On September 29, 2010, FDA issued a final rule1 and draft guidance document2 revising and explaining the new safety reporting requirements for investigational new drug (IND) products in 21 C.F.R. Part 312 and for bioavailability and bioequivalence studies in humans in 21 C.F.R. Part 320. The rule is intended to improve the quality of safety reporting, strengthen FDA’s ability to detect safety signals and improve FDA’s monitoring, and harmonize the regulations with the existing standards of the International Conference on Harmonization of Technical Requirements for Registration of Pharmaceuticals for Human Use (ICH), the World Health Organization’s Council for International Organizations of Medical Sciences (CIOMS) and the European Union (EU).
Although the proposed rule3 included revisions to the premarketing and postmarketing reporting requirements, FDA’s final rule addresses only the premarketing reporting obligations; FDA is still developing its final rule for postmarketing reporting. Clinical trial sponsors must ensure their policies, procedures and protocols reflect these new requirements, which become effective March 28, 2011. The key features of the new rule are described below.
Minimize and Simplify Reports
The final rule attempts to minimize and simplify IND safety reports by refining definitions to narrow the scope of the reporting requirements. Under the former rule, sponsors frequently reported events that were likely to have been manifestations of underlying disease, that commonly occurred in the study population independent of drug exposure, or that were study endpoints. These reports were generally uninformative when reported as single events, and created a drain on FDA resources.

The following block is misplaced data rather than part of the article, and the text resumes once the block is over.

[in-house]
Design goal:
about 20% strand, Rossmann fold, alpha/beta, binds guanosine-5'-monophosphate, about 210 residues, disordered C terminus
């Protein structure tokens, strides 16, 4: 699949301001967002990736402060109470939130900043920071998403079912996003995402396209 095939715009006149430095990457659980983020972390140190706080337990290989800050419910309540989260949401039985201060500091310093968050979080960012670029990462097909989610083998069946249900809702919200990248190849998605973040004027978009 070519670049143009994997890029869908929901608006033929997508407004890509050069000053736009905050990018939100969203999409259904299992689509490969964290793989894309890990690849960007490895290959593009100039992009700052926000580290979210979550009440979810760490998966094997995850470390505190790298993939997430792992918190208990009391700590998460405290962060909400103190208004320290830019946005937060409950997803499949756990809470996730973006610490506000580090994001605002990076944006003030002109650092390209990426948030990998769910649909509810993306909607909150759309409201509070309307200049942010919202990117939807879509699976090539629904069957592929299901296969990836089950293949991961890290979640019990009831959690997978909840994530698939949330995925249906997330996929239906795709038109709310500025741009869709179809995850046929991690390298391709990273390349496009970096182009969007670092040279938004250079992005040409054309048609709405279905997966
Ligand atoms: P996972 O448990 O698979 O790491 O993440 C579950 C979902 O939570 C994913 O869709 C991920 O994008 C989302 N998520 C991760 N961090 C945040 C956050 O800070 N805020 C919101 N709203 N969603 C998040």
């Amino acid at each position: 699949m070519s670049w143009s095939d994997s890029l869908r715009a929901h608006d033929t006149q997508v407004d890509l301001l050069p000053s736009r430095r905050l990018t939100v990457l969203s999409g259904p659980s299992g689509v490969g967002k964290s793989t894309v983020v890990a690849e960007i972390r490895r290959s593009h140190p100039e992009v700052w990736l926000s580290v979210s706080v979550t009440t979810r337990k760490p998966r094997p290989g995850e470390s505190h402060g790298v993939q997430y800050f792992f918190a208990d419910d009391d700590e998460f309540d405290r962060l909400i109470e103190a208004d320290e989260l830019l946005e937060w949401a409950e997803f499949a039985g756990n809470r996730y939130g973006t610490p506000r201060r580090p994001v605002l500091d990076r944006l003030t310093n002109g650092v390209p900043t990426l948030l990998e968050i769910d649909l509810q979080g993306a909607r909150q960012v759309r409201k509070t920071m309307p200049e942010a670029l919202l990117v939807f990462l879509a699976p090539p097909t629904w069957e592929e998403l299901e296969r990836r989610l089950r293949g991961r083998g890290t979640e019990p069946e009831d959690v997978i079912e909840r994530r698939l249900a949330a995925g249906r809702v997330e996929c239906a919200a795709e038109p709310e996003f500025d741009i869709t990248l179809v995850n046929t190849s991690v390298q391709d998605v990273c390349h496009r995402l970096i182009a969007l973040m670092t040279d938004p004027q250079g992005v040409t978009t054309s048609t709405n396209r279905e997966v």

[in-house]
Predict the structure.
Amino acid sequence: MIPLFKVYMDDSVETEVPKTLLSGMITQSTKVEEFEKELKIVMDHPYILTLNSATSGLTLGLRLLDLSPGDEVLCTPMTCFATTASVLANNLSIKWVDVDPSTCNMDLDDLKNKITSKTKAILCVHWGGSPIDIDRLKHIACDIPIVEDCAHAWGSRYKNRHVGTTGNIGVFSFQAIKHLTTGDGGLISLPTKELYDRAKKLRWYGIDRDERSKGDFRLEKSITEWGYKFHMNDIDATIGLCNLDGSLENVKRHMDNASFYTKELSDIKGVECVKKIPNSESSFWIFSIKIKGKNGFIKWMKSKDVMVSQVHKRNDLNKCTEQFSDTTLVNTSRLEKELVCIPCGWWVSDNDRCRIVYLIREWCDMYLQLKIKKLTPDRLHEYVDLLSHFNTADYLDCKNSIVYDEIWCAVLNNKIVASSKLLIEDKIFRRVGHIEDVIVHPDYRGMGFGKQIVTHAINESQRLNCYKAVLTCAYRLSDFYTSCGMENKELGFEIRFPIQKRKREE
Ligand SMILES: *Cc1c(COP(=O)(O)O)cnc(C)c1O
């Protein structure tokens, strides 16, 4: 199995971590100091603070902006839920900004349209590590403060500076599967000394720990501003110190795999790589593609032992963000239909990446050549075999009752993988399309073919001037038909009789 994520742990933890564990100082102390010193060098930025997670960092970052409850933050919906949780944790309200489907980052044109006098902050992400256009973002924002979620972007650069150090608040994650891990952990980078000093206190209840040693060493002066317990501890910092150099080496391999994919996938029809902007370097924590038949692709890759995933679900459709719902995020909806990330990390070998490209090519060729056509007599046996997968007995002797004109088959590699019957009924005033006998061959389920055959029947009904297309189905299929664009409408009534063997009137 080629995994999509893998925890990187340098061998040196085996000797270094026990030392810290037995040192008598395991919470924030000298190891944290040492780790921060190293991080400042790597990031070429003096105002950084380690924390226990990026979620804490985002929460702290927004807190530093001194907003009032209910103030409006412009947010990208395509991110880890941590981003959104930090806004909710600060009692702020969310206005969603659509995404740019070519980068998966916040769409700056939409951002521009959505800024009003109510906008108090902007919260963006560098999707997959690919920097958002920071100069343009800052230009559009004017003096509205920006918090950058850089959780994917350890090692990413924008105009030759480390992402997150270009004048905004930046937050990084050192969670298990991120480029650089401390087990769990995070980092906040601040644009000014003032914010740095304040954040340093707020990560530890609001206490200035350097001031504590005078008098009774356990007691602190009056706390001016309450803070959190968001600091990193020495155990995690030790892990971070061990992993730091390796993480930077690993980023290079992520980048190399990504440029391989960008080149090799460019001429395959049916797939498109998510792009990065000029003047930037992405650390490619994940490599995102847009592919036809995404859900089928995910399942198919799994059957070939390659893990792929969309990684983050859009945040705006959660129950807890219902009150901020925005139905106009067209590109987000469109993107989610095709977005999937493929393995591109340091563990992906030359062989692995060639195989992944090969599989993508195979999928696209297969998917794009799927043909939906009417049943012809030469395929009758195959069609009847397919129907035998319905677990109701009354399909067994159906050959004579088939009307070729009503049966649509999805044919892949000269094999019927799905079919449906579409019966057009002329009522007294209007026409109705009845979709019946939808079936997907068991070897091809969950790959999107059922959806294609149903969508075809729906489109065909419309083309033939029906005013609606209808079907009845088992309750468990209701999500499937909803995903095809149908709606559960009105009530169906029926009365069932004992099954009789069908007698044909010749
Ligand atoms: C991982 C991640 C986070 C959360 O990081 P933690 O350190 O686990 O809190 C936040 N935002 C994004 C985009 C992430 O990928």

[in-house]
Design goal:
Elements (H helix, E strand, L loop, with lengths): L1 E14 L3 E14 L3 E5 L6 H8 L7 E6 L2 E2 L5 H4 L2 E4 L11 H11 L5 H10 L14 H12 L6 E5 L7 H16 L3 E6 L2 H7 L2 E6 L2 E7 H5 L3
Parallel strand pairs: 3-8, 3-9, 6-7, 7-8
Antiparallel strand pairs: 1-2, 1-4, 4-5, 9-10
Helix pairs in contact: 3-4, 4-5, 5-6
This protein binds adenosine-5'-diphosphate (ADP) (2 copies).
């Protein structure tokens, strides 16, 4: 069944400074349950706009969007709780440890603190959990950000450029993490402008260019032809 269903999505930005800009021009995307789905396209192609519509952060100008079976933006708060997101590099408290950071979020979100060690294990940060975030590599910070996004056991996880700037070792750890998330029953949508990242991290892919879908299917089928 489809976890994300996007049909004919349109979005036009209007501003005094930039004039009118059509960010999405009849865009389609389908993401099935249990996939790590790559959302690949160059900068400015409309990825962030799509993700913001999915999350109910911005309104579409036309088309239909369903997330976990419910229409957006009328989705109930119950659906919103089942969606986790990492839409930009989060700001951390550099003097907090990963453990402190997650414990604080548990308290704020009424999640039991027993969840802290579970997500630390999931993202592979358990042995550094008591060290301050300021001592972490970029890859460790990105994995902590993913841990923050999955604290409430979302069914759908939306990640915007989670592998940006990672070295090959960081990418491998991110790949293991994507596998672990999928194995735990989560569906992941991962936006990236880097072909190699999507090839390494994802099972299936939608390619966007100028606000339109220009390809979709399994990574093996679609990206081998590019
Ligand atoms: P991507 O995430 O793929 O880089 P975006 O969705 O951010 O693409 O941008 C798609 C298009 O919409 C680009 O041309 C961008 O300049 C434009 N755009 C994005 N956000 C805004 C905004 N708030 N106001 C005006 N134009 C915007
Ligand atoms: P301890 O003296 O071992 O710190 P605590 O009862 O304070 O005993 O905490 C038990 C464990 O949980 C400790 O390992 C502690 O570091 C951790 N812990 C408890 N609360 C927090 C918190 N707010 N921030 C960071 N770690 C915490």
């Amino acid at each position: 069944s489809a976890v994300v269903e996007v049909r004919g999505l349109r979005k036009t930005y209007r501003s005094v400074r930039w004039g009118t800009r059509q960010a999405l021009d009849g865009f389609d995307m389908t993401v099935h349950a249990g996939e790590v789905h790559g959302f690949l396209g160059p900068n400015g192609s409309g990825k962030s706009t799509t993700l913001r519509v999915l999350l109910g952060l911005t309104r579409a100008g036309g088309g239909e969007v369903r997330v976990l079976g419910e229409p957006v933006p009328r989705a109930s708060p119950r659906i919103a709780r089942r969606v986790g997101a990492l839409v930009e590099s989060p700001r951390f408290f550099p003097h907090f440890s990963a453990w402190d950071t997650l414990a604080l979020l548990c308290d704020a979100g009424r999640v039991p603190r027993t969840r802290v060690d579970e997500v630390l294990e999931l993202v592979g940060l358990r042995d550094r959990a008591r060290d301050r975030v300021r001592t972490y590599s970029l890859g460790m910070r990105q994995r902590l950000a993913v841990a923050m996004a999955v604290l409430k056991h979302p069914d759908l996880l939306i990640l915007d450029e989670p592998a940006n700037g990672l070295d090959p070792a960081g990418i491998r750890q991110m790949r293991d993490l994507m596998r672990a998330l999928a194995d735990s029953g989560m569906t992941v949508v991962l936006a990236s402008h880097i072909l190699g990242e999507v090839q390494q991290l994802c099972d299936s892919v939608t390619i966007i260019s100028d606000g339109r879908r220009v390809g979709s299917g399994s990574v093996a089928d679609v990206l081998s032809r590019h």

In an attempt to minimize reporting that does not meaningfully contribute to the developing safety profile of an investigational drug, the final rule clarifies that reporting is triggered where the event is serious, unexpected, and there is a "reasonable possibility" that the drug caused the adverse event, which requires evidence of a causal relationship between the drug and the adverse event. To assist sponsors in determining whether there is evidence of a causal relationship, the rule provides the following examples of a threshold for causality:
- A single occurrence of an event that is uncommon and known to be strongly associated with drug exposure (e.g., angioedema, hepatic injury, Stevens-Johnson Syndrome)
- One or more occurrences of an event that is not commonly associated with drug exposure, but is otherwise uncommon in the population exposed to the drug (e.g., tendon rupture)
- An aggregate analysis of specific events observed in a clinical trial (such as known consequences of the underlying disease or condition under investigation or other events that commonly occur in the study population independent of drug therapy) that indicates those events occur more frequently in the drug treatment group that in a concurrent or historical control group
The rule also clarifies the timing and format of an IND safety report to FDA and participating investigators. Specifically, FDA declined to require a minimum data set to be established before reporting and will not require a chronological history of efforts to acquire that information to be included in an IND safety report. Instead, the final rule requires the sponsor to submit an IND safety report no later than 15 days after it determines that the information qualifies for reporting under the regulations. Certain unexpected reactions must still be reported within seven days of the sponsor’s receipt of the information.